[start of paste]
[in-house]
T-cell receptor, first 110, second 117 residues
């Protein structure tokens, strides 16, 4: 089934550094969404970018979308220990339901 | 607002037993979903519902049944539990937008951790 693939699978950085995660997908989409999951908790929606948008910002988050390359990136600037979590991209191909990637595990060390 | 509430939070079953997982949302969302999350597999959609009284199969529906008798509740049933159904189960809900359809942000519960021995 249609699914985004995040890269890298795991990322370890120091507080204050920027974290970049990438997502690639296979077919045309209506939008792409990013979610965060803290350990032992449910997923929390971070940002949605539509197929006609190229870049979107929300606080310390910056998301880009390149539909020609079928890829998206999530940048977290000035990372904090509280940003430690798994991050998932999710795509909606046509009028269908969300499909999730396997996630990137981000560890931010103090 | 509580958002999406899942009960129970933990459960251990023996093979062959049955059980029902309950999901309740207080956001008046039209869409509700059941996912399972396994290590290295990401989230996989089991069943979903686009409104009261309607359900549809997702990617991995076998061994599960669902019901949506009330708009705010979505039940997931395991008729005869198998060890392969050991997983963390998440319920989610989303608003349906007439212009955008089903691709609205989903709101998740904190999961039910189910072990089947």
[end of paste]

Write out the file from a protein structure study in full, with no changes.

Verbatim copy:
[in-house]
T-cell receptor, first 110, second 117 residues
């Protein structure tokens, strides 16, 4: 089934550094969404970018979308220990339901 | 607002037993979903519902049944539990937008951790 693939699978950085995660997908989409999951908790929606948008910002988050390359990136600037979590991209191909990637595990060390 | 509430939070079953997982949302969302999350597999959609009284199969529906008798509740049933159904189960809900359809942000519960021995 249609699914985004995040890269890298795991990322370890120091507080204050920027974290970049990438997502690639296979077919045309209506939008792409990013979610965060803290350990032992449910997923929390971070940002949605539509197929006609190229870049979107929300606080310390910056998301880009390149539909020609079928890829998206999530940048977290000035990372904090509280940003430690798994991050998932999710795509909606046509009028269908969300499909999730396997996630990137981000560890931010103090 | 509580958002999406899942009960129970933990459960251990023996093979062959049955059980029902309950999901309740207080956001008046039209869409509700059941996912399972396994290590290295990401989230996989089991069943979903686009409104009261309607359900549809997702990617991995076998061994599960669902019901949506009330708009705010979505039940997931395991008729005869198998060890392969050991997983963390998440319920989610989303608003349906007439212009955008089903691709609205989903709101998740904190999961039910189910072990089947």